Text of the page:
Overcoming “Homicidal Hunger” Print
How to Manage Your Hunger
My friend Anne some time ago coined the term “homicidal hunger” to sum up the ravenous hunger often experienced when you get home in the late afternoon after a long day of work without having enough to eat. Homicidal hunger is a state where you feel like you could literally harm someone if they stood in front of you and the fridge. The most common time of the day that people feel this way is often in between lunch and supper since it has been many hours since the last meal. If it has been more than 3-5 hours since your last balanced meal you will likely feel a dip in your energy, mood and emotions. You are also not likely to make healthy nutrition choices in a state of homicidal hunger and instead will reach for whatever is quick and loaded in carbohydrates. Your brain will naturally crave sweets, potato chips and other carbohydrate containing foods when your blood sugars drop too low. This happens to dietitians too! As the chocoholic dietitian you know that I will be reaching for chocolate mid-afternoon if I have not had a good snack between my lunch which is typically at 12:30 and my supper which is often close to 7pm. Instead of trying to rely on will power which inevitably always fails, why not set yourself up for success by trying out the following tips.
- Make sure your lunch contains both protein and carbohydrates. Carbohydrates in foods such as grains/starches, vegetables and fruits are essential sugar sources for your brain and muscles. If you don’t get enough carbohydrates you will more likely become emotional, tired and unfocused throughout your day. At the same time, if you only carbohydrate-rich foods without a source of protein you will feel like you are on a rollercoaster ride with highs and lows in your energy levels. Protein-rich foods such as meat, poultry, seafood, eggs, dairy, legumes, soy foods, nuts and seeds are critical in a meal to help you stabilize your blood sugars leading to better focus, energy and a sense of fullness.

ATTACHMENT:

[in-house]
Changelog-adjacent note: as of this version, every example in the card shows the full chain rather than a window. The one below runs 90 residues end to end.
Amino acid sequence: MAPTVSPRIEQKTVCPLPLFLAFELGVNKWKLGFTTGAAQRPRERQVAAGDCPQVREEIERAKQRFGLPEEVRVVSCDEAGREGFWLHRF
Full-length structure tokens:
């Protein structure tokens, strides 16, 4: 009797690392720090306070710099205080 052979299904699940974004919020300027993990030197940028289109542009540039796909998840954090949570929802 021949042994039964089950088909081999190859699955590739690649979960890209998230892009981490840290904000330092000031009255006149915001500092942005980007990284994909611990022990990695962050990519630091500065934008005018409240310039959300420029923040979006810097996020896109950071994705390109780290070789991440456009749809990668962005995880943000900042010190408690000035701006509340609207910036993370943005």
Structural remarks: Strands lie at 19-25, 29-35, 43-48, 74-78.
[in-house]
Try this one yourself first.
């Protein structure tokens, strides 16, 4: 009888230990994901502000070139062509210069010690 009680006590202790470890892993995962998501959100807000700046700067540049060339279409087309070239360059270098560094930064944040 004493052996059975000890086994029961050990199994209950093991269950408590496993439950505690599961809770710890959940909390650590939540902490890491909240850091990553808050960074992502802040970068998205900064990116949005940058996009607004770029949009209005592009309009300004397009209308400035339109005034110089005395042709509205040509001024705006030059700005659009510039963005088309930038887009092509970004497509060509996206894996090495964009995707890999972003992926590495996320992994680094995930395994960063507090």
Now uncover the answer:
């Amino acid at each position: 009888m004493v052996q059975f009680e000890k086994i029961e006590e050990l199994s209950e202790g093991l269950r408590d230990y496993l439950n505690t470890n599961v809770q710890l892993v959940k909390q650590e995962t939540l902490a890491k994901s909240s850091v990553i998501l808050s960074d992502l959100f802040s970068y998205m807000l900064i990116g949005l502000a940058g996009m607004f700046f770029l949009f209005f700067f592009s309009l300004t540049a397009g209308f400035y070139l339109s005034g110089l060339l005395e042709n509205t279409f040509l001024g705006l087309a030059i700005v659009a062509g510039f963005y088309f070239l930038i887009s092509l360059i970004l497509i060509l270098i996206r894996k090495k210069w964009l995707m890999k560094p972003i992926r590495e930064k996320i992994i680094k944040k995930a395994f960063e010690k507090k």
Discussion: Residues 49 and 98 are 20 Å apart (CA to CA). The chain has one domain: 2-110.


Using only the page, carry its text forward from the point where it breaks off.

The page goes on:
- Eat every 3-5 hours for maximum energy and to prevent getting too hungry and overeating. If lunch was at 12 noon then by 3-5pm plan to have a snack.
- Make sure you stash your office and home with healthy snacks that are visual. Food psychologists have shown that the more convenient the healthy foods are the more likely it is we will eat them. If your veggies are stashed at the back of the fridge and require peeling and chopping you may decide to skip them. If your fruit is tucked away in a fridge drawer often you won’t see them and think to eat them. Instead put fresh fruit displayed attractively in a fruit bowl on your counter or on the corner of your desk in your office. Spend a half hour per week and pre-chop your veggies so they are easy to grab with hummus or veggie dip as a snack.
- If you are tempted by the vending machine quick fixes of chocolate, chips and pop at work you may wish to try what my client Julian discovered. Julian decided not to bring cash and coins to work anymore and found by only carrying a debit card and/or credit card vending machine snacks quickly disappeared.
Top 10 Snack Attacks
- Yogurt parfait (yogurt, berries and cereal)
- Oat bran or bran muffin and cheese
- Dried fruit (such as raisins/craisins/apricots/dates) and nuts (such as almonds/peanuts/cashews)
- Raw veggies (such as snap/snow peas, carrots and mini tomatoes) and hummus
- Fresh fruit or dried fruit bar and milk or soy milk or a smoothie
- Canned fruit cup or applesauce cup and cottage cheese
- Grapes and cheese cubes
- Whole grain crackers and mini-can of flavored tuna/salmon
- Protein bar and unsweetened juice
- Coffee Shop latte, steamed milk or chai tea
Thanks for reading!
“The Chocoholic Dietitian”